The Savera Association is an Indian non-governmental organisation (NGO), which was established in 1998 by 18 women in Delhi to improve the lives of people living in the slum areas in one part of the city. The women successfully lobbied to take over a slum development centre from Delhi Municipal Corporation (MCD), and have been running a medical outpatients centre and a pre-school from the limited space they have in this building ever since. Most of the Savera Association’s funding comes from events organised by the same 18 female trustees who set up the NGO.

In 2011 the Halcrow Foundation stepped in, initially to meet a funding shortfall to help provide medical care for 150,000 residents living in five slum areas in Eastern Delhi. Since then, the Halcrow Foundation has provided financial support to the Savera Association medical centre, which provides vital services to some of the poorest people in the world.

Halcrow Foundation funds have been used to buy medicines and enable the centre to employ a much-needed second doctor. The medicines are supplied at a highly subsidised rate to patients who cannot afford to pay the full cost. This support ensures regular and reliable healthcare for a large and very poor community.

The medical centre also provides outpatient medical facilities, predominantly for women and children. The doctors and nurses, who work on both a paid and voluntary basis, see around 70 to 100 patients per day.  Dental, gynaecological, ophthalmic and other clinics are available both at the centre and through mobile vans that visit patients in the slums.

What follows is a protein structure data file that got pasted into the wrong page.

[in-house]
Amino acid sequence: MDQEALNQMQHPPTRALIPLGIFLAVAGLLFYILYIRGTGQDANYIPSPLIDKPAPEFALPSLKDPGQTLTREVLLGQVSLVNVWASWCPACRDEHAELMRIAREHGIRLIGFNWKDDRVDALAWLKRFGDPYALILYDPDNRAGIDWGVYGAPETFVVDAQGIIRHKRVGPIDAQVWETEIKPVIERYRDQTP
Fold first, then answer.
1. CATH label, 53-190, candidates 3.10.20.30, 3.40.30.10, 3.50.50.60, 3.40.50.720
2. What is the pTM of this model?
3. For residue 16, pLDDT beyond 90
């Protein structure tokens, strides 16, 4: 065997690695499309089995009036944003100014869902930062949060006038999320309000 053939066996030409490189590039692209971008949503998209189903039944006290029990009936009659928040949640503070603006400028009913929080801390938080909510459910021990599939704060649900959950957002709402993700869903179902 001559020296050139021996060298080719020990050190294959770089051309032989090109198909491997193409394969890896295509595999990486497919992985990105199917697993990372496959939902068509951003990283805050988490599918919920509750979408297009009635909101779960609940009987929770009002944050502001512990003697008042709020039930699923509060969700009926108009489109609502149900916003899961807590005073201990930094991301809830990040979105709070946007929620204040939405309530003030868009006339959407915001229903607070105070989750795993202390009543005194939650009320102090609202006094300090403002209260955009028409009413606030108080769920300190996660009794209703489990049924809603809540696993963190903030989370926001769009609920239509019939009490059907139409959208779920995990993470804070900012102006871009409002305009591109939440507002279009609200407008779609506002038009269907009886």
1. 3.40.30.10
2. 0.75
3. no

In 2012 the Halcrow Foundation also provided funding for an existing local school. The school is run specifically for pre-school children, bringing their education up to a basic standard to prepare them for attending government-run schools. Many parents living in slums are illiterate, so the school has been hugely successful in improving the community’s education opportunities. The school takes around 140 children at a time, and the Savera Association also sponsors around 25 of the very brightest of these children to go to private school, at a cost of around £100 per child per year which includes the costs of school uniforms and books.

By supporting education awareness programmes for children and training for parents, the Savera Association – supported by the Halcrow Foundation – continues to improve the quality of life for people living in these desperately poor areas and boosting employment prospects in a region where few other bodies provide such services in an effective and affordable way.

The Savera Association is a non-governmental, non-profit, voluntary organisation, which strives to bring light into the lives of these residents through a series of interventions aimed at empowering women and children.

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